DSBuilders is at its third release and it is constantly evolving, following a very agile way of working. Here is an article that shows how the game evolved session by session until the current version.

InfoQ: How do you play the game?

De Sanctis: DSBuilders is played by a team of teams. Each team can have three to six members (eventually more, but five is the most effective number) for a total of 20 to 30 players. However, I have facilitated sessions with fewer people.

The goal is to define the six-cycles plan to build a massive battle station to conquer and dominate the galaxy. The players have resources and a backlog of around 100 components to build the Dark Star, and are subject to external and internal dependencies.

DSBuilders is not really about "building" components, but managing prioritisation and dependencies, as all teams are working at the same moment on different interconnected backlogs. What adds even more difficulty to the game is the necessary shift of priorities from cycle to cycle depending on what is happening in the galaxy.

An example of a real walkthrough session can be found in the article Collaboration gaps enhanced by a game? Yes, we can.

InfoQ: What you have learned from facilitating the game and watching people play it?

De Sanctis: Facilitating DSBuilders is exhausting but incredibly satisfying. Sessions are full of deep learning about both people and practices; they are helpful for me as a person and as a professional.

At the end, the most incredible moment is when you see the magic happening. During DSBuilders’ sessions I have always been able to spot the exact moment when players realise that to beat the game they have to collaborate all together beyond a single team’s boundaries. This is a precise instant when you see someone telling or doing something different, which inspires other players to change their behaviour as well.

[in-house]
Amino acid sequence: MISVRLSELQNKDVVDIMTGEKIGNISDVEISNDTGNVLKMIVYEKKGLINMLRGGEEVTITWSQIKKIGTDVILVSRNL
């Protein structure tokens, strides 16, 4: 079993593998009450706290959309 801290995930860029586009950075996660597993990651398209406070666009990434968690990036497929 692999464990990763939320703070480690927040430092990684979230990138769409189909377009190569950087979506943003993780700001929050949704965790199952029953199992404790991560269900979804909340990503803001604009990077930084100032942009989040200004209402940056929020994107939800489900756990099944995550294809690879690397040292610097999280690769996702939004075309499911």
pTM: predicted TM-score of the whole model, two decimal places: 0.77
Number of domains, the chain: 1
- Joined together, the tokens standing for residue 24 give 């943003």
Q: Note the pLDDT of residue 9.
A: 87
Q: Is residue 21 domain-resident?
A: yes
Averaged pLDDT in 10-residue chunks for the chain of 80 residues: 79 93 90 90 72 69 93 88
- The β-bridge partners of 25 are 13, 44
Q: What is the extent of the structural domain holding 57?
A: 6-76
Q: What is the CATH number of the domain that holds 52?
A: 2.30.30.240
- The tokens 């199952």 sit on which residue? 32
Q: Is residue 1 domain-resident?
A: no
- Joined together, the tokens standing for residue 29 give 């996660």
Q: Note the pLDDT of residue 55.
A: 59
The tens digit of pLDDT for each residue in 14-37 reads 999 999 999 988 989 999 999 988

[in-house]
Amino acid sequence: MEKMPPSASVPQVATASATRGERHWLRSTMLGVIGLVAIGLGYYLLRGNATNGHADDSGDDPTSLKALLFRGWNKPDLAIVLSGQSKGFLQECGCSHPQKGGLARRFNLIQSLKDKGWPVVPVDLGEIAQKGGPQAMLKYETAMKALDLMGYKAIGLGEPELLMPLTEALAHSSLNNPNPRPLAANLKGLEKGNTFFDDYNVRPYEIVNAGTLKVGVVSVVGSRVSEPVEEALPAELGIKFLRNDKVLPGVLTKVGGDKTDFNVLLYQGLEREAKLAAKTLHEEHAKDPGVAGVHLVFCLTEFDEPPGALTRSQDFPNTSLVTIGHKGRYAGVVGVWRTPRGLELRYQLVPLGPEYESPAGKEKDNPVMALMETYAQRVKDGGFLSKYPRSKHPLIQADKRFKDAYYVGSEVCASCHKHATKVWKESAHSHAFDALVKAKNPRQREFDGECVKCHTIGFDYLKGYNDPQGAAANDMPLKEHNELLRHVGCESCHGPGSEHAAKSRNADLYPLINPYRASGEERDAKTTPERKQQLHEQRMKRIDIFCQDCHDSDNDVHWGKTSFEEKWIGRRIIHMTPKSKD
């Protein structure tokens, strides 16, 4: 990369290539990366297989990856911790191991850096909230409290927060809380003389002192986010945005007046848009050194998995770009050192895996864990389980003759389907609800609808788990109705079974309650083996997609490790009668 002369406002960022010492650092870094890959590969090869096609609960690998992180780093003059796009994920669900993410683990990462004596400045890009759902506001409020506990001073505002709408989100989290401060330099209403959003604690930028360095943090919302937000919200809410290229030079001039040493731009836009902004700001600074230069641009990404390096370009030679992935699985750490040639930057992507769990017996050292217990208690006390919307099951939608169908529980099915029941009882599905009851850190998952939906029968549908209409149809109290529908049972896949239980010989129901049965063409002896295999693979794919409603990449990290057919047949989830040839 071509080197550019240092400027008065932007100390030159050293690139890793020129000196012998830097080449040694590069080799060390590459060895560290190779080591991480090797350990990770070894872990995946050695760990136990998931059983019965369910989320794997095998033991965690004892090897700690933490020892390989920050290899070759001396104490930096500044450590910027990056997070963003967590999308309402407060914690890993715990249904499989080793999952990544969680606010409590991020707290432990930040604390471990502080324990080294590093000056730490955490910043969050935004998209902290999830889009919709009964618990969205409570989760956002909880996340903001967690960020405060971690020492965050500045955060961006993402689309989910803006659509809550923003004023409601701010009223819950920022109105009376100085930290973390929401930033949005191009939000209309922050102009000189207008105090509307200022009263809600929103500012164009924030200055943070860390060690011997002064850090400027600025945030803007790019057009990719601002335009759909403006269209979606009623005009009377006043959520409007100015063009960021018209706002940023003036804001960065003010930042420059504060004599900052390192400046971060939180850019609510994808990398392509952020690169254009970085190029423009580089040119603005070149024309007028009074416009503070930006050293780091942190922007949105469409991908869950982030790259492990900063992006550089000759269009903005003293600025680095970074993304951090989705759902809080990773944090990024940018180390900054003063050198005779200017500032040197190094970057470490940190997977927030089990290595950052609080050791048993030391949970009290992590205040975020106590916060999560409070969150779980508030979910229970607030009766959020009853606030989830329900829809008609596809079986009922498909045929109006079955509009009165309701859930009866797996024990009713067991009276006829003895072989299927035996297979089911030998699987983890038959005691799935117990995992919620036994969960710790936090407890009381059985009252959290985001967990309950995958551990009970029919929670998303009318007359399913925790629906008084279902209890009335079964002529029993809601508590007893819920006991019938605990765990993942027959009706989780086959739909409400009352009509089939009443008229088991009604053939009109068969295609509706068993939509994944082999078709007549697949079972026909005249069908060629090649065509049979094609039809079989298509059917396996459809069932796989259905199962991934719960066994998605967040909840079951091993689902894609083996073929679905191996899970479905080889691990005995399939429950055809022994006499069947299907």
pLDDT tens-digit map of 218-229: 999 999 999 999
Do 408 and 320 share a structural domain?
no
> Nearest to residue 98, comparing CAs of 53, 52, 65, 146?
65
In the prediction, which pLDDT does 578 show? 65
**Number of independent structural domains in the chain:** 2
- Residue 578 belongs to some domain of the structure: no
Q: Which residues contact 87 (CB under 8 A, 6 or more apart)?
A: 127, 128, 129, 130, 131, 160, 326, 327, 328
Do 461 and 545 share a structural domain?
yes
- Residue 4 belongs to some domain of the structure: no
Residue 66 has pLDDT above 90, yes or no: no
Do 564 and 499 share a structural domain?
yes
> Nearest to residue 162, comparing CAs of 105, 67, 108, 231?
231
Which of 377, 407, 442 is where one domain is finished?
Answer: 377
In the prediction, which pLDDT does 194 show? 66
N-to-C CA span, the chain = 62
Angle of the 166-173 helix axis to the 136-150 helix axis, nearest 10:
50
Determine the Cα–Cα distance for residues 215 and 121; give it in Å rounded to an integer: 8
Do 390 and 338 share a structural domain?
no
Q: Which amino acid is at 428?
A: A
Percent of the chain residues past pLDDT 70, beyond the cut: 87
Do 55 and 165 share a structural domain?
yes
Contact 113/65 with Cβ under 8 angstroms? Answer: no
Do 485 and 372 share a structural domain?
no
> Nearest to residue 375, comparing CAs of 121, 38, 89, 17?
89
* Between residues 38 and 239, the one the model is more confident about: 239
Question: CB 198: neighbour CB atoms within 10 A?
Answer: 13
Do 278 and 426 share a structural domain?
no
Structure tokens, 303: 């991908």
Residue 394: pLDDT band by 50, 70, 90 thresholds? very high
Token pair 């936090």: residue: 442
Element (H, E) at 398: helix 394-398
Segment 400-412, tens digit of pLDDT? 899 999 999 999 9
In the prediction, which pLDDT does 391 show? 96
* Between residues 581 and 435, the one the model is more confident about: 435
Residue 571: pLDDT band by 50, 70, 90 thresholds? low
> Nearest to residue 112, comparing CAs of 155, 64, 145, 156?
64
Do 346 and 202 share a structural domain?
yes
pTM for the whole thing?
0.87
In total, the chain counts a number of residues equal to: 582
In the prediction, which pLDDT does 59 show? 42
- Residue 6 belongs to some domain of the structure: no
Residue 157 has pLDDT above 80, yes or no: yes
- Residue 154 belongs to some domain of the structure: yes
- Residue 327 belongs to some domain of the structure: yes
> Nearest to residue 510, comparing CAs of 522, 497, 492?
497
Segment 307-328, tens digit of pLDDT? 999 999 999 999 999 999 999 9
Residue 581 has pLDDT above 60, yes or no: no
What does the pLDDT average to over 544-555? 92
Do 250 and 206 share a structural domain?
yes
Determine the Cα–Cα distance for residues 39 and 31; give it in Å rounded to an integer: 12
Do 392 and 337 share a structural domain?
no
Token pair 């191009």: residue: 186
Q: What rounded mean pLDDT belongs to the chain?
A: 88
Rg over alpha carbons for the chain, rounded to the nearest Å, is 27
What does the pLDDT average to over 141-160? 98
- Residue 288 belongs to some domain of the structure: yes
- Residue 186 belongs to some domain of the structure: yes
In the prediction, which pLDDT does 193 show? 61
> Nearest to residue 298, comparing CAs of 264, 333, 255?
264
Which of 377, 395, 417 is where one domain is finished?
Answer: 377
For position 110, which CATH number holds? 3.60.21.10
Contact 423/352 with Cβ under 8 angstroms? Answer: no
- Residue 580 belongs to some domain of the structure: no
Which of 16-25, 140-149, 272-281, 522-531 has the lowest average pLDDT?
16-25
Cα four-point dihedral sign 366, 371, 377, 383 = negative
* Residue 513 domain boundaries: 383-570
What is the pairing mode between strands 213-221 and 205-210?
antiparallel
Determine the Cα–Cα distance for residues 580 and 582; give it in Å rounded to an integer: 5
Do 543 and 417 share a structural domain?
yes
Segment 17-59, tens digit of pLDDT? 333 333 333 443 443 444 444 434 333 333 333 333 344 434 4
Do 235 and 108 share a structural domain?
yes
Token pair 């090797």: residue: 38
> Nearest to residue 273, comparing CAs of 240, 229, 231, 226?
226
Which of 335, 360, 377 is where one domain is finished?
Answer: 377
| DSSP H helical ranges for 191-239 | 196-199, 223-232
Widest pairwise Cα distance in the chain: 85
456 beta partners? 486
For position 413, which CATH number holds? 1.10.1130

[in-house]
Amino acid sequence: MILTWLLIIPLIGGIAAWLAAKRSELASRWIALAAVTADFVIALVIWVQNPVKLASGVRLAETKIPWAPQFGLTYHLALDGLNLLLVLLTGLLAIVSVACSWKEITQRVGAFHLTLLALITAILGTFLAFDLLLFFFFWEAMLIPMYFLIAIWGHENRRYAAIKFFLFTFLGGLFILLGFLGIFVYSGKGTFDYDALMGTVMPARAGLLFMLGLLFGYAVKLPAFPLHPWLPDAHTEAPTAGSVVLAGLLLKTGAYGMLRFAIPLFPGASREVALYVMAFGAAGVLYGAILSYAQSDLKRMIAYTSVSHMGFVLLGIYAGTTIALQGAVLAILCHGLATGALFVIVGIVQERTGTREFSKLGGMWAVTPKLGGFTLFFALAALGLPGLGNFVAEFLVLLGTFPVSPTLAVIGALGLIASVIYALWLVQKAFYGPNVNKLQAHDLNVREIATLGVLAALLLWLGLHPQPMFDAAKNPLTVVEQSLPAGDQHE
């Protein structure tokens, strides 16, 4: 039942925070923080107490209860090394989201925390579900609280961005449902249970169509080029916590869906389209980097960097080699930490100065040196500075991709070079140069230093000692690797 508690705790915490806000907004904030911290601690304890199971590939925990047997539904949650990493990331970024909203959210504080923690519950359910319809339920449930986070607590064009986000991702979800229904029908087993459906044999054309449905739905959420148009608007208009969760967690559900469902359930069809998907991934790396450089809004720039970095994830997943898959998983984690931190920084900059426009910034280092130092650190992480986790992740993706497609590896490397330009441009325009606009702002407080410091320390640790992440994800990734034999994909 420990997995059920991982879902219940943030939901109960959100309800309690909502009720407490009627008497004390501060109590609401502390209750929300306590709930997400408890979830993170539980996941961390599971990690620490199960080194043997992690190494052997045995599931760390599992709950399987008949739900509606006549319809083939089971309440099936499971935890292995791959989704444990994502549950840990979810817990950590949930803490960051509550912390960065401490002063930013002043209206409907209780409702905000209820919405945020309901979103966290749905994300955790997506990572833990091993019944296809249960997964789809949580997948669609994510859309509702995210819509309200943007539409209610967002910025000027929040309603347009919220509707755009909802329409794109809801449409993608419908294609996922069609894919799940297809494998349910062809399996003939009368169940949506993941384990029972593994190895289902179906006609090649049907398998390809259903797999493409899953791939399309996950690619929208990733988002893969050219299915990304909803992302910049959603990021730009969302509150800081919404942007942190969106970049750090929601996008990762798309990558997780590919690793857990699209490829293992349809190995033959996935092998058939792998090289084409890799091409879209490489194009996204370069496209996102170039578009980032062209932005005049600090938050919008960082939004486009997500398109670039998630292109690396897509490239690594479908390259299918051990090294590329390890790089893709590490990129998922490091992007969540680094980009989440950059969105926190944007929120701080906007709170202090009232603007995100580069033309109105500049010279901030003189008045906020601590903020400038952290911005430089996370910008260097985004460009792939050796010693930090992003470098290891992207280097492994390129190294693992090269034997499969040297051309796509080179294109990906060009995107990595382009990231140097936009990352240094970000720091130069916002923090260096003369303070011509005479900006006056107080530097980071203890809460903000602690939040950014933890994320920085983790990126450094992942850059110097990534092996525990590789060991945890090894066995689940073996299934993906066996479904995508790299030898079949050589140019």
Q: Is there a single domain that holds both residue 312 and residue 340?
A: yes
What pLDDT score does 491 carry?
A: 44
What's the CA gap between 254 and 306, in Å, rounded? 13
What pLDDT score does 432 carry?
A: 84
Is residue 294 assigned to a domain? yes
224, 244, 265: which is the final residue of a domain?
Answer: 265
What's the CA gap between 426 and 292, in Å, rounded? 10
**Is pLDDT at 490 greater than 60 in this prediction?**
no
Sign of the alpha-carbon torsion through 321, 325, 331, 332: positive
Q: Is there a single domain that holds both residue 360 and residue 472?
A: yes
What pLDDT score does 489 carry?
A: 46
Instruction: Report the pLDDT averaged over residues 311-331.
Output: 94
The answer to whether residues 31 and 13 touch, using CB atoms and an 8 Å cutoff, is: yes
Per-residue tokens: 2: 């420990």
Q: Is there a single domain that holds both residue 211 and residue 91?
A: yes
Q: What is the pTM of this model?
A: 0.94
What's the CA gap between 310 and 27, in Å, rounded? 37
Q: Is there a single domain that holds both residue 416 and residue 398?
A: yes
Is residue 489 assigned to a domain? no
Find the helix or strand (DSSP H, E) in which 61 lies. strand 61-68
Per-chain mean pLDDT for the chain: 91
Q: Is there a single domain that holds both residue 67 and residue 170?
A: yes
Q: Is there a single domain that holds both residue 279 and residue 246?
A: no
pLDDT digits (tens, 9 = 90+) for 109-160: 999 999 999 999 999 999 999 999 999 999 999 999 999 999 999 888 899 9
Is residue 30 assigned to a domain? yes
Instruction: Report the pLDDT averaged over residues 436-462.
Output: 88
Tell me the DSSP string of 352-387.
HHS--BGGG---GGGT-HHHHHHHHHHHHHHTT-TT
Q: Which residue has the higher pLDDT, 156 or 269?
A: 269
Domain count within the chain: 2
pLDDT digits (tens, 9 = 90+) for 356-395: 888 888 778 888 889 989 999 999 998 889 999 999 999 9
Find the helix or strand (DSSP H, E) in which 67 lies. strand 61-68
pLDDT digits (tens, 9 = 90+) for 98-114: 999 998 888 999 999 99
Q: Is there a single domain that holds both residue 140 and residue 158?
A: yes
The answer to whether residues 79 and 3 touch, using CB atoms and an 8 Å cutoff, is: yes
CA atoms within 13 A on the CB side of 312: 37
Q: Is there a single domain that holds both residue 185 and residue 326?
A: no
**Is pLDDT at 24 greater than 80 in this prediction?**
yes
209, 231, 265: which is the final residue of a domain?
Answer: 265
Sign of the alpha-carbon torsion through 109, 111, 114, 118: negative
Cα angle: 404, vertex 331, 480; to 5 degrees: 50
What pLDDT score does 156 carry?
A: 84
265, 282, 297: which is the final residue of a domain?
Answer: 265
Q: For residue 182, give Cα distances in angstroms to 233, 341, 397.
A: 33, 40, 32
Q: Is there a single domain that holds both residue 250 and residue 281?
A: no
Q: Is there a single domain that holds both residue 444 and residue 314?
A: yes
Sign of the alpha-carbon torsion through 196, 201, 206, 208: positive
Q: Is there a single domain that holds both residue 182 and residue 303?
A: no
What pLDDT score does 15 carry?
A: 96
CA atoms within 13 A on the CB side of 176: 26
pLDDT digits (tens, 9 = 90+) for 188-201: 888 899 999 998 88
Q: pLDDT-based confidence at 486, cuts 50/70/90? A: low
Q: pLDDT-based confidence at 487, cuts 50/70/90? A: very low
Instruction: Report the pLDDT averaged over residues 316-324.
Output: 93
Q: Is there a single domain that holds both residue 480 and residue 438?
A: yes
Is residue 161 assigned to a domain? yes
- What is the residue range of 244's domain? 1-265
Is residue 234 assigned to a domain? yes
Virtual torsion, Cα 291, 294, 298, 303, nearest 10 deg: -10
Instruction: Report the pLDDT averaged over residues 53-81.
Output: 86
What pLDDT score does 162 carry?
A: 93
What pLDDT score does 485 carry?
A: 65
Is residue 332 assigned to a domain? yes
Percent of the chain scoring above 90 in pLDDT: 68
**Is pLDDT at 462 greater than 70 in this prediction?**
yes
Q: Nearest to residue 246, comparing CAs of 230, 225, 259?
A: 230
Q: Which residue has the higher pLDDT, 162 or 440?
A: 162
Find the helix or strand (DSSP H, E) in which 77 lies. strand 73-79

In that moment you can see how a group of confused distant people turn into a team of focused collaborative players. Players may eventually lose the game, but the result of that moment will stay with them after the session.

In the podcast Build the Death Star - Star Wars meets Scrum, you can hear about a real DSBuilders’ session facilitated in a company. Here you can listen about the effects of the game session to people who played it and possible takeaways for real life activities.

InfoQ: What’s your advice for people who want to experiment using serious games?

De Sanctis: Serious games are, in my opinion, the best way to help people understand soft skills, in some cases even the only way to teach them. For this reason, companies should include them in their training programs. Also, this is the only way to experiment quickly and safely, and to easily repeat the sessions in order to look for ways of improving. This is why serious games are perfect for promoting continuous learning and a continuous improvement culture within a company.

The hard part about serious games is that sometimes they are not easy to facilitate. Gaming sessions are much more complicated than traditional classes: preparation, introduction and execution phases require a different level of engagement from the facilitator and from participants as well as retrospective takeaways. However, in the last few years, and in particular within the agile movement, serious games have been gaining importance up to now when most training sessions include some gaming experience. DSBuilders is there, with other hundreds of serious games, to help your teams’ journey to improved agility.

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  • Dark Star ...

    by Cameron Purdy,

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    That was the project name in Sun Labs based on JINI to produce a game engine back end ...